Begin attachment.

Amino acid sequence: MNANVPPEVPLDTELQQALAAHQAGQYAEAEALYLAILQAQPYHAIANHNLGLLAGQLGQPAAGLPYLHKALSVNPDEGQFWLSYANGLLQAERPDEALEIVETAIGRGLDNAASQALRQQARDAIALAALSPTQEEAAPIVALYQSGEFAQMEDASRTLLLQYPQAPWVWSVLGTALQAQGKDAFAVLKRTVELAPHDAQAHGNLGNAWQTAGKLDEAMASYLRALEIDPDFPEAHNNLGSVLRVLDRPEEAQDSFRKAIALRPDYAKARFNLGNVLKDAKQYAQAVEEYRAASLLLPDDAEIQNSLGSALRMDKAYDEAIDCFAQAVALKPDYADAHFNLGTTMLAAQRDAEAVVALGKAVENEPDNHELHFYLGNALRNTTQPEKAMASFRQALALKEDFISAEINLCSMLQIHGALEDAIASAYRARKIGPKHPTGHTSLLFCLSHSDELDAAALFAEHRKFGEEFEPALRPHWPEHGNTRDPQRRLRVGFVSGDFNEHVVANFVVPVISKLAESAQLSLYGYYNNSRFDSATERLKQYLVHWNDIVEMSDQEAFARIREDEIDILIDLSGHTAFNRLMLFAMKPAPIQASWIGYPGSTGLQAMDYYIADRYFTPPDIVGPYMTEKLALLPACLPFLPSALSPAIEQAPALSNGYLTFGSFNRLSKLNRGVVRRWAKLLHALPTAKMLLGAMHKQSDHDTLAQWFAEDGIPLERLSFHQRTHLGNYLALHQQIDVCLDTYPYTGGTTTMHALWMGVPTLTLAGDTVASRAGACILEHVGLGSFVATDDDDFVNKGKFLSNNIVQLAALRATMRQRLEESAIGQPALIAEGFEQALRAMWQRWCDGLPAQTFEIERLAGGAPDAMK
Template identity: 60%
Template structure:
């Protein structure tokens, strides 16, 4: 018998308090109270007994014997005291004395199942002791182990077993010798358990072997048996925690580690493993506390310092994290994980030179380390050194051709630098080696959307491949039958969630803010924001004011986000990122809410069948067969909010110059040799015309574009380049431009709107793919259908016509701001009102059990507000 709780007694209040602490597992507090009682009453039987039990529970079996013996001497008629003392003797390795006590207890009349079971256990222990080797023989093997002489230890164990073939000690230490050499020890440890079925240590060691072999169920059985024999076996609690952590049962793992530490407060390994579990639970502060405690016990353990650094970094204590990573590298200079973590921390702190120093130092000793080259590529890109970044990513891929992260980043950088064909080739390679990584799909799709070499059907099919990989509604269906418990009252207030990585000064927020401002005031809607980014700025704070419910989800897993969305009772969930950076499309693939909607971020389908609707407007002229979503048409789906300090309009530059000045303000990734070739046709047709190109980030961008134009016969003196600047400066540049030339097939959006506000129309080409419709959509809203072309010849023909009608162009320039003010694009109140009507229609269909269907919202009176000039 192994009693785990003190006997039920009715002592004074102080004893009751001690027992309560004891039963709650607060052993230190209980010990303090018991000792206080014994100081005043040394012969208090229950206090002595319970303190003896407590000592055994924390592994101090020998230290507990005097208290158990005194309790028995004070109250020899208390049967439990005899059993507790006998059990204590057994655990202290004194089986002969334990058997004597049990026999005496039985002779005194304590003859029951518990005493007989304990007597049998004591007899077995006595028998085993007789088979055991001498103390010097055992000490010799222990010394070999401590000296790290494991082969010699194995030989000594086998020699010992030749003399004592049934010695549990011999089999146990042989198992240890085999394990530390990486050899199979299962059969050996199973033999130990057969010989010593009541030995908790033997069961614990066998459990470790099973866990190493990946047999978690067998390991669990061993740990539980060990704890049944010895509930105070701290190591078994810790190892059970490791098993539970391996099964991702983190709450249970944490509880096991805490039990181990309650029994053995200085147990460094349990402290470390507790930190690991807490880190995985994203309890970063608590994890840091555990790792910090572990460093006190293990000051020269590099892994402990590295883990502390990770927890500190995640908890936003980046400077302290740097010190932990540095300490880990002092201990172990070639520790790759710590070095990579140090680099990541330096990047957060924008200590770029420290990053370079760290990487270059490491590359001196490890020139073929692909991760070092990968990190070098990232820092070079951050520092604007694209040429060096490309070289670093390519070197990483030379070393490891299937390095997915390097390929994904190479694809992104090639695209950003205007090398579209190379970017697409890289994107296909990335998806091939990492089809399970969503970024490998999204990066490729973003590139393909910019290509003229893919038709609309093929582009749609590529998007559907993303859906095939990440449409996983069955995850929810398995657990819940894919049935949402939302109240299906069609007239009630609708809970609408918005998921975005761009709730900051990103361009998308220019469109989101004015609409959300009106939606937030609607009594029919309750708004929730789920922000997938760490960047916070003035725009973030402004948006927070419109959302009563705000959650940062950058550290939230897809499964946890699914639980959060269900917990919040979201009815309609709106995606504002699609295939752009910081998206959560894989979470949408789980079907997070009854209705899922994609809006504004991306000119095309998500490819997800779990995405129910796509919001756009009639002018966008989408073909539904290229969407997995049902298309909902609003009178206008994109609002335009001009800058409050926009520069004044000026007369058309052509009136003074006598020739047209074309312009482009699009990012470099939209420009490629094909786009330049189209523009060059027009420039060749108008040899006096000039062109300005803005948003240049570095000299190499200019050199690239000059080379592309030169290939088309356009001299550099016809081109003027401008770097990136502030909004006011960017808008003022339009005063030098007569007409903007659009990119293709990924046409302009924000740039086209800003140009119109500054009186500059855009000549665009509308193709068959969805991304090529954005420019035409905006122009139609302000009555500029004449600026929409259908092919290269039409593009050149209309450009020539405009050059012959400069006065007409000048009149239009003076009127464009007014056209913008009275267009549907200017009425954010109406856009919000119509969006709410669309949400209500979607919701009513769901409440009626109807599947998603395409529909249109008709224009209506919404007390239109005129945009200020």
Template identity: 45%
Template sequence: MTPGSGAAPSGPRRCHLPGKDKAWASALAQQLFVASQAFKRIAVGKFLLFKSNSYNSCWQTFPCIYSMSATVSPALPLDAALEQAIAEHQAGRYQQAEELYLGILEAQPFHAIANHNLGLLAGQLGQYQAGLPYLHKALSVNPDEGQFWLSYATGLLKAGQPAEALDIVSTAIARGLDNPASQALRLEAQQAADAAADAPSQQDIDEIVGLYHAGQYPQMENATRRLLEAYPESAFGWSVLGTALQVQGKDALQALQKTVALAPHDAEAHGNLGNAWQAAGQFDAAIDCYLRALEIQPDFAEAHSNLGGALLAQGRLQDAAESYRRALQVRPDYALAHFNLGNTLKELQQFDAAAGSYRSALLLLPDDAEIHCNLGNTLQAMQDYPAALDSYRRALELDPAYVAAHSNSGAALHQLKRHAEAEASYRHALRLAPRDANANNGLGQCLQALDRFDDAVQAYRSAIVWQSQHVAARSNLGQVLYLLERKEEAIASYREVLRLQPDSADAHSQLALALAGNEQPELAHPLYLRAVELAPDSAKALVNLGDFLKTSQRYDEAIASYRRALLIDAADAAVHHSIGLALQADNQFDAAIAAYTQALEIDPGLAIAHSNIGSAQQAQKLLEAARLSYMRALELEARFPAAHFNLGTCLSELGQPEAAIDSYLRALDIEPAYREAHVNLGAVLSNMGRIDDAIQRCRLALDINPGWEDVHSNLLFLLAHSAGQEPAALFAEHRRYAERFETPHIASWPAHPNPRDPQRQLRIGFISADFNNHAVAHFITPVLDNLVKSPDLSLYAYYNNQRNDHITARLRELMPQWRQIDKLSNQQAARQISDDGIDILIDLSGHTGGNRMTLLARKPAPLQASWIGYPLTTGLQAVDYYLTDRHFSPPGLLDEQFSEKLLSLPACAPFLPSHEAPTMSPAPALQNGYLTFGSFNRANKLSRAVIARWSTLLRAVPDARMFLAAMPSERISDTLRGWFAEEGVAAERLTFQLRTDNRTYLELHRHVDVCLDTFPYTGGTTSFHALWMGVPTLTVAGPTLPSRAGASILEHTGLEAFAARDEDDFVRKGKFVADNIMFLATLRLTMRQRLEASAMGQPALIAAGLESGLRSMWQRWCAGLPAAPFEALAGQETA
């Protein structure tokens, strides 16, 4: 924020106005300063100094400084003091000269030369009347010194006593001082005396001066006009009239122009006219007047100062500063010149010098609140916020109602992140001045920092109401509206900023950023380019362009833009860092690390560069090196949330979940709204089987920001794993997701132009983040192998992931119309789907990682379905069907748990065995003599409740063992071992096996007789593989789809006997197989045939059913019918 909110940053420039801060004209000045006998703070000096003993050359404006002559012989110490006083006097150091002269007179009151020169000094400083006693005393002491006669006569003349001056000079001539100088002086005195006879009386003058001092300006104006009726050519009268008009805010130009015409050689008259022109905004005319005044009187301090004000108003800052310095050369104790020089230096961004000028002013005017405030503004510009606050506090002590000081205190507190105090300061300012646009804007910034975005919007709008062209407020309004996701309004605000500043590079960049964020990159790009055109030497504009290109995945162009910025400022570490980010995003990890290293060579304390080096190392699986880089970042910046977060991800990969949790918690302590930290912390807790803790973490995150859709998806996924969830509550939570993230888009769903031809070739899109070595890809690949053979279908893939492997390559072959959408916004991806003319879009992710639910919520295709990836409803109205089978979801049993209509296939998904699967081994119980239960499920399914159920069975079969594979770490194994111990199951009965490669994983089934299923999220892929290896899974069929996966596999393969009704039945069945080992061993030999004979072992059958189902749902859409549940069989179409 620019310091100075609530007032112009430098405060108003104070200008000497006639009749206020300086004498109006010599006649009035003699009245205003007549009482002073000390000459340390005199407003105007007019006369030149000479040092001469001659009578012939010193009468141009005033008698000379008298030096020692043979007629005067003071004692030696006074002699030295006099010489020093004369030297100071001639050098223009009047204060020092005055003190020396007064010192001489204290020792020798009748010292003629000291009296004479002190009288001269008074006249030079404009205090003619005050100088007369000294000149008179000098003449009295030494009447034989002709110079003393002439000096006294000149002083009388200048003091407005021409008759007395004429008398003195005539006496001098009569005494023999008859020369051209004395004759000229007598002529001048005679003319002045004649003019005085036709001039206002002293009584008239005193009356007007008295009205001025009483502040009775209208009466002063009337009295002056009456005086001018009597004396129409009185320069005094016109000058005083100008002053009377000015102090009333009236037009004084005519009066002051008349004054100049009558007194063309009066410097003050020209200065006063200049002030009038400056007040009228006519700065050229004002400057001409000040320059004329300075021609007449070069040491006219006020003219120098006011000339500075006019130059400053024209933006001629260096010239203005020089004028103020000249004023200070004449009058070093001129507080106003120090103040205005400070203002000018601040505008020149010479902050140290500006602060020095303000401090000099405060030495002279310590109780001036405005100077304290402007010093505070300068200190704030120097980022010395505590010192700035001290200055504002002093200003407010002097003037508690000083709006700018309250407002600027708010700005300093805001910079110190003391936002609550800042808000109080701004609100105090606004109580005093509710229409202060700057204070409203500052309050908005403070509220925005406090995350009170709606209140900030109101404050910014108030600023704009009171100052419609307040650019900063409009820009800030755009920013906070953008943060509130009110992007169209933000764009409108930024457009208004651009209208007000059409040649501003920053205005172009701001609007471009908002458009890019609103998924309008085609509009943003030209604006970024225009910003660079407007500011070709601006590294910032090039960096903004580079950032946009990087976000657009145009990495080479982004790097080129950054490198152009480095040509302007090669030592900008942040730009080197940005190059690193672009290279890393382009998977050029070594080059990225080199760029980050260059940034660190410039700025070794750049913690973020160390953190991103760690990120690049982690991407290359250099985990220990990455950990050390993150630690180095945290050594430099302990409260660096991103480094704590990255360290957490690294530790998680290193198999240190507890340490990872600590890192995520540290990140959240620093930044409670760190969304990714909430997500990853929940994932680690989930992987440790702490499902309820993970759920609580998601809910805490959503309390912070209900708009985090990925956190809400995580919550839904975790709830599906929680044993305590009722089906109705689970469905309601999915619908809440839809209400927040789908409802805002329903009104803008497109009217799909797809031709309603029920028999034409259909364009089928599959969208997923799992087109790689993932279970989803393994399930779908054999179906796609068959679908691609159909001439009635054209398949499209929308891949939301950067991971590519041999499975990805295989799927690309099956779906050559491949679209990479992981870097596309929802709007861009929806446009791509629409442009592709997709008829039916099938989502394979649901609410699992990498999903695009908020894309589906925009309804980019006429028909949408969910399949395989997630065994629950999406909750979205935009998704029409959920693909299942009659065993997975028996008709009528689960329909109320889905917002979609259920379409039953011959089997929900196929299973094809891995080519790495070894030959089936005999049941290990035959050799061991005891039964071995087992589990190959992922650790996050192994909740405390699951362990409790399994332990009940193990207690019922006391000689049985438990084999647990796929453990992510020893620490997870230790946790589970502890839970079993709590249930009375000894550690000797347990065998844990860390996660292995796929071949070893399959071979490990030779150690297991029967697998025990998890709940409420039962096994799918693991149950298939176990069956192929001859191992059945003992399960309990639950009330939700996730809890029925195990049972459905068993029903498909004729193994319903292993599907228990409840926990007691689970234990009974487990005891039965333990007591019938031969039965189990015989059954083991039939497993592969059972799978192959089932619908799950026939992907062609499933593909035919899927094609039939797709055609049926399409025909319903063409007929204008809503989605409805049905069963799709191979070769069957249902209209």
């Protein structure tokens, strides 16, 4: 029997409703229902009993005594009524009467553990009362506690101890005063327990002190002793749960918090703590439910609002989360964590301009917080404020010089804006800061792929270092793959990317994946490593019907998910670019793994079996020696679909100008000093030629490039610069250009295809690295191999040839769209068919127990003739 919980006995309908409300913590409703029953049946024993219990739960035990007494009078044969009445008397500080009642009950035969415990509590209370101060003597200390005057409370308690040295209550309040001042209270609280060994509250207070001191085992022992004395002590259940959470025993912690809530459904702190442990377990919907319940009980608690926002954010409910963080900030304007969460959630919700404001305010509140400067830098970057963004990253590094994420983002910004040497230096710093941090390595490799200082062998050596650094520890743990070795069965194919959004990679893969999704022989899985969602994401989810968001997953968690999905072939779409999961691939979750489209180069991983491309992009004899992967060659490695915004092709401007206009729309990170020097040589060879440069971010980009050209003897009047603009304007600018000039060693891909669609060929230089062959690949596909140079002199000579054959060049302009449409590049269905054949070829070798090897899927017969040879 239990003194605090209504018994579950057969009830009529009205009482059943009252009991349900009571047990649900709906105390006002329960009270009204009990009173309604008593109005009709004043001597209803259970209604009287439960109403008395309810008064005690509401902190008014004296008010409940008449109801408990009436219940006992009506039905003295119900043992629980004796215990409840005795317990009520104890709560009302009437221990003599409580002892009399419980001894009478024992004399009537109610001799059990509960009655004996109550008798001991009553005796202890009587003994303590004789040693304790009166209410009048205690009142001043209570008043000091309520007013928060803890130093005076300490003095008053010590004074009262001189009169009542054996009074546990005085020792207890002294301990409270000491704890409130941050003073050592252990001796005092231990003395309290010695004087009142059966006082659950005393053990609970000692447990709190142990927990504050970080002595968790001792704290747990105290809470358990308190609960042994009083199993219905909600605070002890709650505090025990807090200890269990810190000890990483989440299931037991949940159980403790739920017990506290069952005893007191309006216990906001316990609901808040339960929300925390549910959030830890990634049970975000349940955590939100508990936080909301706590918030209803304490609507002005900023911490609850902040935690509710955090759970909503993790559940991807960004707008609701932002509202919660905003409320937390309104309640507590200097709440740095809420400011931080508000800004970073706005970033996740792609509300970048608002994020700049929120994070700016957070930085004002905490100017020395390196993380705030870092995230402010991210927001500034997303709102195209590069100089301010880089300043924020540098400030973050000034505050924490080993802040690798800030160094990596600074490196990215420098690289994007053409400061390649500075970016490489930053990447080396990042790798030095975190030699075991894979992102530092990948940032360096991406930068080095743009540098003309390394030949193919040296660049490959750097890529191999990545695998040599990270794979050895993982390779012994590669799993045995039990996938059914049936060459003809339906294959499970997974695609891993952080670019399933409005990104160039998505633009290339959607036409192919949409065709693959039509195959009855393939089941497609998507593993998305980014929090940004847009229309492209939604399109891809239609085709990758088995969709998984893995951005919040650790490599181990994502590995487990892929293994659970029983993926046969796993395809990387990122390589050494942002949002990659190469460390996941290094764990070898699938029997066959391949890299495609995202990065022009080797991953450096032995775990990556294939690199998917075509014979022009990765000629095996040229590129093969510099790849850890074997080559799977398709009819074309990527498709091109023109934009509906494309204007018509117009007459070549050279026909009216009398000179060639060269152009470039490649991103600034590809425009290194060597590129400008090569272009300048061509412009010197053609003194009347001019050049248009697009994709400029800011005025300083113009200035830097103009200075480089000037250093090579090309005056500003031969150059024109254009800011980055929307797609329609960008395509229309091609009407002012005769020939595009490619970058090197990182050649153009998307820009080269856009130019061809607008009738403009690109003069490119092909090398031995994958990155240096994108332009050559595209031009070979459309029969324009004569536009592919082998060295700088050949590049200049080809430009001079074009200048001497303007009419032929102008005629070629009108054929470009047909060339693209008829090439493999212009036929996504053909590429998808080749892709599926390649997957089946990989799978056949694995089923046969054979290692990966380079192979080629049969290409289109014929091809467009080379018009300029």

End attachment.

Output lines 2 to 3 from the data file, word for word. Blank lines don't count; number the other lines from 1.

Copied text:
Template identity: 60%
Template structure: